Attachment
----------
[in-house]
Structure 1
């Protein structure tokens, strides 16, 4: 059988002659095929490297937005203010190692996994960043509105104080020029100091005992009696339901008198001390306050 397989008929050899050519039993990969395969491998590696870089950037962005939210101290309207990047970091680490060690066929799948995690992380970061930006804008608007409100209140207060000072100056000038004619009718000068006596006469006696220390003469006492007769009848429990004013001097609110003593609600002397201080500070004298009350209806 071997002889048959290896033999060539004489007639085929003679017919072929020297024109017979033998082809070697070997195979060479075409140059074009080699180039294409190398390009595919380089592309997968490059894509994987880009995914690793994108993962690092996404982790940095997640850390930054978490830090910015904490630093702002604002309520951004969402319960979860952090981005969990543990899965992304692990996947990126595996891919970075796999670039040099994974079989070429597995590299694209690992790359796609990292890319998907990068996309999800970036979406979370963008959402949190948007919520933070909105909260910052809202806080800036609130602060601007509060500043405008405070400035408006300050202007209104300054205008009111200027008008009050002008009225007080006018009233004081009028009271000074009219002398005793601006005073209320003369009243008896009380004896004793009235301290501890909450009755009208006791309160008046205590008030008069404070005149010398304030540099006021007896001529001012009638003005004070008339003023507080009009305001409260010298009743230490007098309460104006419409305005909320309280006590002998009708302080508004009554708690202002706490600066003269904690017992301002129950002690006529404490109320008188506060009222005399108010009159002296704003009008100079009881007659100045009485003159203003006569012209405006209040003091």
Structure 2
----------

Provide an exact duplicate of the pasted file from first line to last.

[in-house]
Structure 1
């Protein structure tokens, strides 16, 4: 059988002659095929490297937005203010190692996994960043509105104080020029100091005992009696339901008198001390306050 397989008929050899050519039993990969395969491998590696870089950037962005939210101290309207990047970091680490060690066929799948995690992380970061930006804008608007409100209140207060000072100056000038004619009718000068006596006469006696220390003469006492007769009848429990004013001097609110003593609600002397201080500070004298009350209806 071997002889048959290896033999060539004489007639085929003679017919072929020297024109017979033998082809070697070997195979060479075409140059074009080699180039294409190398390009595919380089592309997968490059894509994987880009995914690793994108993962690092996404982790940095997640850390930054978490830090910015904490630093702002604002309520951004969402319960979860952090981005969990543990899965992304692990996947990126595996891919970075796999670039040099994974079989070429597995590299694209690992790359796609990292890319998907990068996309999800970036979406979370963008959402949190948007919520933070909105909260910052809202806080800036609130602060601007509060500043405008405070400035408006300050202007209104300054205008009111200027008008009050002008009225007080006018009233004081009028009271000074009219002398005793601006005073209320003369009243008896009380004896004793009235301290501890909450009755009208006791309160008046205590008030008069404070005149010398304030540099006021007896001529001012009638003005004070008339003023507080009009305001409260010298009743230490007098309460104006419409305005909320309280006590002998009708302080508004009554708690202002706490600066003269904690017992301002129950002690006529404490109320008188506060009222005399108010009159002296704003009008100079009881007659100045009485003159203003006569012209405006209040003091």
Structure 2